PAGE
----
A rotary vane actuator is specific to quarter turn opeartion. A pressure tight housing contains a movable vane which is sealed to the sides of the pressure chamber by means of a low friction gasket. Inlets and outlets to the chamber on opposing sides of the vane allow a controller to produce a pressure differential across the vane. The vane will move, in response to the pressure differential, in either direction. A shaft is connected to the vane and the vane acts like a lever to rotate the shaft as the vane is moved by fluid pressure. The torque produced by the actuator assembly is dependent upon the applied fluid pressure.

Hydraulic rotary vane actuators have the ability to handle large amounts of fluid and dynamic motions, exhibiting also qualities of durability and compactness. Pneumatic vane actuators use plant air pressure as the motive force. Both types generally provide fast operation, have few moving parts, and require little regular maintenance. A variety of typical automation accessories and options are available to customize a unit for a particular application.

More information is available from product specialists, with whom you should share your application requirements and challenges. Combining your process and facilities knowledge with their product application expertise will produce effective solutions.


Thursday, January 26, 2017

Advanced Pressure Transmitters for Process Measurement

pressure transmitter for industrial process measurement
Direct mount pressure transmitter
Courtesy Azbil
The measurement of pressure is a common task throughout many industrial spheres. Depending on the application, a wide range of process or machinery operation status can be derived from a pressure reading. Accuracy, ruggedness, and flexibility in application are hallmarks of a useful pressure transmitter.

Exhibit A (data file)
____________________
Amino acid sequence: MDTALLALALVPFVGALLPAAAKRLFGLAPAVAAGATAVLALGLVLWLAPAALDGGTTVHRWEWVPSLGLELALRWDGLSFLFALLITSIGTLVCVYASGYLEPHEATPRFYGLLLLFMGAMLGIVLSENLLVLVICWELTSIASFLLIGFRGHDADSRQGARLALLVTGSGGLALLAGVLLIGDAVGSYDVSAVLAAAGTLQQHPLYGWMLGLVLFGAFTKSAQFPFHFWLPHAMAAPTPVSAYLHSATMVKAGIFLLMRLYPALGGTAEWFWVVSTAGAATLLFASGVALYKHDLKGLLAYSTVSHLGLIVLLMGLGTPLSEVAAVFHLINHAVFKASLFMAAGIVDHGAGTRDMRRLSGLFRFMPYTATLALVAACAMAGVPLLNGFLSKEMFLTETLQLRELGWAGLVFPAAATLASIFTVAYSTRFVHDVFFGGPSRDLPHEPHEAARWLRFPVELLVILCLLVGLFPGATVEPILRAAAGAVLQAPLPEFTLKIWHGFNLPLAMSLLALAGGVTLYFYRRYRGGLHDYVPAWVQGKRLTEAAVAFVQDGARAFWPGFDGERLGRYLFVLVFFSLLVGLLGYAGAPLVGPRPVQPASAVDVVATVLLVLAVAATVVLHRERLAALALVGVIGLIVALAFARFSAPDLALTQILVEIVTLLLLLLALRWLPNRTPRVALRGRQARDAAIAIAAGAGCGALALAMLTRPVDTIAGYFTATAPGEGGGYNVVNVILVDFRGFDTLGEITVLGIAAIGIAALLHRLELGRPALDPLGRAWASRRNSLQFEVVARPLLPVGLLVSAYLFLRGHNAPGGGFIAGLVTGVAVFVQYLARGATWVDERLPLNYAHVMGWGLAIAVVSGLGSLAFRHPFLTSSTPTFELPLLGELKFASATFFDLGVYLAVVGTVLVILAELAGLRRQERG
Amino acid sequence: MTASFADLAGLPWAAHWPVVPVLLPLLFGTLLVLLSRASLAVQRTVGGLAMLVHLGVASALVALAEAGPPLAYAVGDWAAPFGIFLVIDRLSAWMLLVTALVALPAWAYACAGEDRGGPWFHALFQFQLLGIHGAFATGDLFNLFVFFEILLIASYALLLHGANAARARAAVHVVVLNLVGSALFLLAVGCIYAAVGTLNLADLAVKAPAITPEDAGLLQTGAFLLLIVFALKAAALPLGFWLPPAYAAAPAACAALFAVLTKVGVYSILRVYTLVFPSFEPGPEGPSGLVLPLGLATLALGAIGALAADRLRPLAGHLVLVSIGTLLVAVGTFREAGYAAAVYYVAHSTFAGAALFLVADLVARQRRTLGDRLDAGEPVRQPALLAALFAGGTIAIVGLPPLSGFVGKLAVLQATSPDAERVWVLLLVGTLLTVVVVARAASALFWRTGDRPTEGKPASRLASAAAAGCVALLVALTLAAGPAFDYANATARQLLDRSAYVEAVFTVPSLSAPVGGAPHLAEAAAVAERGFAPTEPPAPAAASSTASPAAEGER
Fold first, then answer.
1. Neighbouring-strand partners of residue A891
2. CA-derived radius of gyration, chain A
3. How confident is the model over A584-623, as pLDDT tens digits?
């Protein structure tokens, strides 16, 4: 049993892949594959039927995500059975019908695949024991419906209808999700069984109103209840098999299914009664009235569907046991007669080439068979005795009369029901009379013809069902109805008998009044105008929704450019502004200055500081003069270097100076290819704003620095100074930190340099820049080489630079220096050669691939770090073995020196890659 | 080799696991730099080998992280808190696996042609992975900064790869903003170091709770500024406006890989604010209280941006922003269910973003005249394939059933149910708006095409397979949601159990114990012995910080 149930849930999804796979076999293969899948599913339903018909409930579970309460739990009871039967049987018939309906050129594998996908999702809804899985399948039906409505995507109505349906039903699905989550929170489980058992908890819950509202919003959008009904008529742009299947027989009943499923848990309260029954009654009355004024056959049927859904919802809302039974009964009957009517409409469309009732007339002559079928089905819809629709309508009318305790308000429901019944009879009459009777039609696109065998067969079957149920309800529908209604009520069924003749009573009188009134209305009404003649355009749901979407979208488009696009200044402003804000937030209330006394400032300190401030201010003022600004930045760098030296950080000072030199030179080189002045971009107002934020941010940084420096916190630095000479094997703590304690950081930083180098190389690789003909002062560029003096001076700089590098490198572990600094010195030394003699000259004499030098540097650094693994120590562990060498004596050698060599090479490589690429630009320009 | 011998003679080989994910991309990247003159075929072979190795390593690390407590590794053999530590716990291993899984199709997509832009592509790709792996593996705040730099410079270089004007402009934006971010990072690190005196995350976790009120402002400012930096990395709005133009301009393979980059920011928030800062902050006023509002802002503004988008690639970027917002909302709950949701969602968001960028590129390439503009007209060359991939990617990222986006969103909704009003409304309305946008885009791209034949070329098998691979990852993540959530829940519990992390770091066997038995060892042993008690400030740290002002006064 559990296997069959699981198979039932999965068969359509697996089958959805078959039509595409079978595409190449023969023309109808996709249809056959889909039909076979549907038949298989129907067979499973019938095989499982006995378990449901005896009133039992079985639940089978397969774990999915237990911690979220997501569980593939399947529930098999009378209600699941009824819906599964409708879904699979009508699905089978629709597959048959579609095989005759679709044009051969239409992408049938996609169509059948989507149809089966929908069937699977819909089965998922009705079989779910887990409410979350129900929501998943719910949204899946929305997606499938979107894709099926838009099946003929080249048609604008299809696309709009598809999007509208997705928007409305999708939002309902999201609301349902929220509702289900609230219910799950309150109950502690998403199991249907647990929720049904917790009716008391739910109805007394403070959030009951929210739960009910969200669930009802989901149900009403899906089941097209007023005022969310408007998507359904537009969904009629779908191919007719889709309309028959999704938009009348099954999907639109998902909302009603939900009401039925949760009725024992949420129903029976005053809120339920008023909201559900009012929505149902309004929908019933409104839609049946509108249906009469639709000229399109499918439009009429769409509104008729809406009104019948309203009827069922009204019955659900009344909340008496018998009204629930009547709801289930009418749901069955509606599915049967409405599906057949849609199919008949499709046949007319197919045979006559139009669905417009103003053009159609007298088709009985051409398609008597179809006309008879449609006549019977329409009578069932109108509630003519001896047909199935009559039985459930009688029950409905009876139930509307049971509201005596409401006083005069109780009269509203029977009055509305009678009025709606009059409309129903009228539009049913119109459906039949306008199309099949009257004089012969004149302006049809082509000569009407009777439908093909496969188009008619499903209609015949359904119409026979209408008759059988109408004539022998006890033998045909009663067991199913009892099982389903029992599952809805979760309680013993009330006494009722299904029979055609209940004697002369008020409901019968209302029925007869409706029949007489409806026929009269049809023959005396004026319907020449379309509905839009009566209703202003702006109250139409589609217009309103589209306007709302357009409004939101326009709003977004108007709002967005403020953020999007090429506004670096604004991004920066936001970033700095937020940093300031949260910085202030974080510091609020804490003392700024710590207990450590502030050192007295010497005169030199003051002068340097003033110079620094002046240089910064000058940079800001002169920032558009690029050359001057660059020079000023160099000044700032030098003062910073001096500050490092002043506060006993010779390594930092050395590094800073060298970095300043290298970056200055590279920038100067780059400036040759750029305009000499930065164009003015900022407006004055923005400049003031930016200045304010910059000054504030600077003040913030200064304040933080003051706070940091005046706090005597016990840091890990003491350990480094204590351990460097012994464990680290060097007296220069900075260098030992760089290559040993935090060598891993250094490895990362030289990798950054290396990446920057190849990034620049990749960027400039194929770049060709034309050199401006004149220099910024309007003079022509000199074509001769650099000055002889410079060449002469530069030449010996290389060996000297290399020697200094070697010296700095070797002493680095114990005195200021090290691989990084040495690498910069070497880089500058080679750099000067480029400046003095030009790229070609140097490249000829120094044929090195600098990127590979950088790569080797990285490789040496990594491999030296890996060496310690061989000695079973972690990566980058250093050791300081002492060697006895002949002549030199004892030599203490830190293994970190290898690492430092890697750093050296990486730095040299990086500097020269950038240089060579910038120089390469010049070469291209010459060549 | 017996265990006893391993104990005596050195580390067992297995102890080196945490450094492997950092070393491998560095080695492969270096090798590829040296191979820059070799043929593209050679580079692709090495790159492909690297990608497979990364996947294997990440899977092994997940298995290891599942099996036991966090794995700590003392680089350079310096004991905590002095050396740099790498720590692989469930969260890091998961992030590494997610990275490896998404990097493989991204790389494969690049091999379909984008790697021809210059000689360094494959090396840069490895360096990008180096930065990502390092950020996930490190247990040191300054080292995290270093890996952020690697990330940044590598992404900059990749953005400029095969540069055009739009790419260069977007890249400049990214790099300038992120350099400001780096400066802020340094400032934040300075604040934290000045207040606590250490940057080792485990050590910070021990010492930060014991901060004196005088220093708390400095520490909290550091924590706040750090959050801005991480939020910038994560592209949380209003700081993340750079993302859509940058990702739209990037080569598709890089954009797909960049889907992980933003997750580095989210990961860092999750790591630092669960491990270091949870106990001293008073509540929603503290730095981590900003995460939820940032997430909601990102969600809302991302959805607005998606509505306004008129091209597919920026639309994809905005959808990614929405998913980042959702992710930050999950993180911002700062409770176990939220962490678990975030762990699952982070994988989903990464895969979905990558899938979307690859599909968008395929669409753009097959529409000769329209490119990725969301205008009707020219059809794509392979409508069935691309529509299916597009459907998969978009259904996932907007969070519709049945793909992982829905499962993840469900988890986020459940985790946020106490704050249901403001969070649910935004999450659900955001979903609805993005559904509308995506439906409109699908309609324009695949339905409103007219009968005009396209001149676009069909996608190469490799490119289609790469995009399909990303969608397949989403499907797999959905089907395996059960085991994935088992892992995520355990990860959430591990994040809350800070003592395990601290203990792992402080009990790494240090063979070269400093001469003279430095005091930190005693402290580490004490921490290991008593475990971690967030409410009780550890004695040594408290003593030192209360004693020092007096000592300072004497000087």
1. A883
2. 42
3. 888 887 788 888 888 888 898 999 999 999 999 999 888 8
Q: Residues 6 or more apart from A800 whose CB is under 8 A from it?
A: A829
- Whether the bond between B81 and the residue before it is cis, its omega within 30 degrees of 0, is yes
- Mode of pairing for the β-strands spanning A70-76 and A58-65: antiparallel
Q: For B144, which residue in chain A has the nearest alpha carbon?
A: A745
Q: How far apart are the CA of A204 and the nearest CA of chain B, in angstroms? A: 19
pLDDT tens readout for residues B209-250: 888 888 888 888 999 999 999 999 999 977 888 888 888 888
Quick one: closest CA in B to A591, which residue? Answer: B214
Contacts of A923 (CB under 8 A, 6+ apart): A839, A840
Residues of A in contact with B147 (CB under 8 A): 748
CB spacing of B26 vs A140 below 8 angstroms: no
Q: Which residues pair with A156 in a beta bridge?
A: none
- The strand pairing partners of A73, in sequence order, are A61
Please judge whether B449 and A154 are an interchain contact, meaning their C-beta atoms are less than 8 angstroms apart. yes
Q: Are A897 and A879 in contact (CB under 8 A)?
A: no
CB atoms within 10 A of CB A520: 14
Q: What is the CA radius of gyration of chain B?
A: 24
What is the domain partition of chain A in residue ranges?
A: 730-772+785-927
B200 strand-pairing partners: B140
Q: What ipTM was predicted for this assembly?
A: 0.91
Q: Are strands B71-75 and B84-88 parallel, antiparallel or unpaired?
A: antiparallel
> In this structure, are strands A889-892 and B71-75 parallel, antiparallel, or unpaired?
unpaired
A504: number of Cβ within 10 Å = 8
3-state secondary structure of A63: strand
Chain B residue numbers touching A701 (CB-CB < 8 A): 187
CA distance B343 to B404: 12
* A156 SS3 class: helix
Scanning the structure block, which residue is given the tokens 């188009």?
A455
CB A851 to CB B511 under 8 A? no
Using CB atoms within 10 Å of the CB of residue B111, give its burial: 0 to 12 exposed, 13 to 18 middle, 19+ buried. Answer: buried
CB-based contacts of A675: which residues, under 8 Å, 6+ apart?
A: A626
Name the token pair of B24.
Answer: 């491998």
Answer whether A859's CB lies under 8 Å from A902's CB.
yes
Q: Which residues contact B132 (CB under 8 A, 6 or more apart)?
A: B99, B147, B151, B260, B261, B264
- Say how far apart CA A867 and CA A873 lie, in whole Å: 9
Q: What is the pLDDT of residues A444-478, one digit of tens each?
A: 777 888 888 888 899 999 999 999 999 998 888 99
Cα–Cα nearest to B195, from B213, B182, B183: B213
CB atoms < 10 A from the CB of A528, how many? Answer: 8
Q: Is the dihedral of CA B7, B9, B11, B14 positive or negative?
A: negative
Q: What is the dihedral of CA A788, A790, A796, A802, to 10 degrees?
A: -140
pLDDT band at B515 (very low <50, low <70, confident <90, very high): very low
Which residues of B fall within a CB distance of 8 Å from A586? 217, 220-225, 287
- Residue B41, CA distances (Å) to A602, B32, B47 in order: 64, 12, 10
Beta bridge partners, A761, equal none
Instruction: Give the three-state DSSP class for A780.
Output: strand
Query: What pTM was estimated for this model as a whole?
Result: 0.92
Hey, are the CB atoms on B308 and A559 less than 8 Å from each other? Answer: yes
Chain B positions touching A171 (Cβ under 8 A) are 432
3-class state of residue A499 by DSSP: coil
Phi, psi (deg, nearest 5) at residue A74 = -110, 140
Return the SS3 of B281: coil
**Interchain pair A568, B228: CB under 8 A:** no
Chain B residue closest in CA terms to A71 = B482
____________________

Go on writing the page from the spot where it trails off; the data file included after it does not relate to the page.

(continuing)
Azbil North America advanced pressure transmitters offer a combination of features that can make them an advantageous selection for almost any application.

  • Stability of +/-0.1% for 10 years
  • Little to no downtime for calibration
  • Sensor technology that provides day-one accuracy for the life of the transmitter
  • Customizable display
  • Alarm outputs
  • Fast response
  • International standard certifications
The advanced pressure transmitter is available in variety of mounting configurations to suit most applications. More information is contained in the document included below. Share your process measurement challenges with application experts, combining your own process knowledge and experience with their product application expertise to develop effective solutions.



Wednesday, January 18, 2017

Application of Limit Switches on Automated Industrial Valves

industrial valve automation actuator and limit switch
Employed in a wide range of industrial applications,
limit switches are known for ease of installation,
simple design, ruggedness, and reliability.
Courtesy Flowserve Automax
Limit switches are devices which respond to the occurrence of a process condition by changing their contact state. In the industrial control field, their applications and product variations are almost countless. Essentially, the purpose of a limit switch is to serve as a trigger, indicating that some design condition has been achieved. The device provides only an indication of the transition from one condition to another, with no additional information. For example, a limit switch triggered by the opening of a window can only deliver an indication that the window is open, not the degree to which it is open. Most often, the device will have an actuator that is positively activated only by the design condition and mechanically linked to a set of electrical contacts. It is uncommon, but not unknown, for limit switches to be electronic. Some are magnetically actuated, though most are electromechanical. This article will focus on limit switch designs and variants used in the control and actuation of industrial process valves.